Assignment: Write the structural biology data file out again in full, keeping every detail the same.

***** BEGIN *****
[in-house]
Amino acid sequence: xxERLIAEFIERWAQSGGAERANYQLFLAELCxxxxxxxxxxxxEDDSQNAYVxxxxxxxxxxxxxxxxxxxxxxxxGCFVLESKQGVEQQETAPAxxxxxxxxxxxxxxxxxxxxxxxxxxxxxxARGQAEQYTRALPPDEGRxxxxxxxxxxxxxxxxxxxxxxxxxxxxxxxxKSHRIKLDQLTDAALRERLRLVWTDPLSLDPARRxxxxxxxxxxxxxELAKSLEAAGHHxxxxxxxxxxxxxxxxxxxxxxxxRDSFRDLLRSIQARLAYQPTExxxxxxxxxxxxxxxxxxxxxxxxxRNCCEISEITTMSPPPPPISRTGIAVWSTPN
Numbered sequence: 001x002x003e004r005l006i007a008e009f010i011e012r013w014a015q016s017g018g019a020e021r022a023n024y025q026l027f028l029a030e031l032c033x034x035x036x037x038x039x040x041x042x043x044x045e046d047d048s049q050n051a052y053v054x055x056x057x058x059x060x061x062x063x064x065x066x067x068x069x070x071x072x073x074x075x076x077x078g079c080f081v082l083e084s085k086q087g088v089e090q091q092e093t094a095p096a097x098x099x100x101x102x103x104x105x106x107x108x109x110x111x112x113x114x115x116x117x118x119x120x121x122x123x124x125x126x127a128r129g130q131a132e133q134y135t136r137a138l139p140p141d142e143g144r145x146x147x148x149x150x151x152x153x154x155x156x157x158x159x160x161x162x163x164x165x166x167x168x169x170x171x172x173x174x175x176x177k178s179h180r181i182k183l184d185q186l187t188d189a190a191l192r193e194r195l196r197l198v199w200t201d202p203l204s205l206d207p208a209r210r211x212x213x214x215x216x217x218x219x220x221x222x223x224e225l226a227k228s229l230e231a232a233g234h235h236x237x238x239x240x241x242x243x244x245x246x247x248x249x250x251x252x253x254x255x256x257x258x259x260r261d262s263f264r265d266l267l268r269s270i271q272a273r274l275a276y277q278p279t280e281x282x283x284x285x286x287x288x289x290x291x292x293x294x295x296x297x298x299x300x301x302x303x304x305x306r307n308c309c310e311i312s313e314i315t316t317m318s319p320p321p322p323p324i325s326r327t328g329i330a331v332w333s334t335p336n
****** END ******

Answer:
[in-house]
Amino acid sequence: xxERLIAEFIERWAQSGGAERANYQLFLAELCxxxxxxxxxxxxEDDSQNAYVxxxxxxxxxxxxxxxxxxxxxxxxGCFVLESKQGVEQQETAPAxxxxxxxxxxxxxxxxxxxxxxxxxxxxxxARGQAEQYTRALPPDEGRxxxxxxxxxxxxxxxxxxxxxxxxxxxxxxxxKSHRIKLDQLTDAALRERLRLVWTDPLSLDPARRxxxxxxxxxxxxxELAKSLEAAGHHxxxxxxxxxxxxxxxxxxxxxxxxRDSFRDLLRSIQARLAYQPTExxxxxxxxxxxxxxxxxxxxxxxxxRNCCEISEITTMSPPPPPISRTGIAVWSTPN
Numbered sequence: 001x002x003e004r005l006i007a008e009f010i011e012r013w014a015q016s017g018g019a020e021r022a023n024y025q026l027f028l029a030e031l032c033x034x035x036x037x038x039x040x041x042x043x044x045e046d047d048s049q050n051a052y053v054x055x056x057x058x059x060x061x062x063x064x065x066x067x068x069x070x071x072x073x074x075x076x077x078g079c080f081v082l083e084s085k086q087g088v089e090q091q092e093t094a095p096a097x098x099x100x101x102x103x104x105x106x107x108x109x110x111x112x113x114x115x116x117x118x119x120x121x122x123x124x125x126x127a128r129g130q131a132e133q134y135t136r137a138l139p140p141d142e143g144r145x146x147x148x149x150x151x152x153x154x155x156x157x158x159x160x161x162x163x164x165x166x167x168x169x170x171x172x173x174x175x176x177k178s179h180r181i182k183l184d185q186l187t188d189a190a191l192r193e194r195l196r197l198v199w200t201d202p203l204s205l206d207p208a209r210r211x212x213x214x215x216x217x218x219x220x221x222x223x224e225l226a227k228s229l230e231a232a233g234h235h236x237x238x239x240x241x242x243x244x245x246x247x248x249x250x251x252x253x254x255x256x257x258x259x260r261d262s263f264r265d266l267l268r269s270i271q272a273r274l275a276y277q278p279t280e281x282x283x284x285x286x287x288x289x290x291x292x293x294x295x296x297x298x299x300x301x302x303x304x305x306r307n308c309c310e311i312s313e314i315t316t317m318s319p320p321p322p323p324i325s326r327t328g329i330a331v332w333s334t335p336n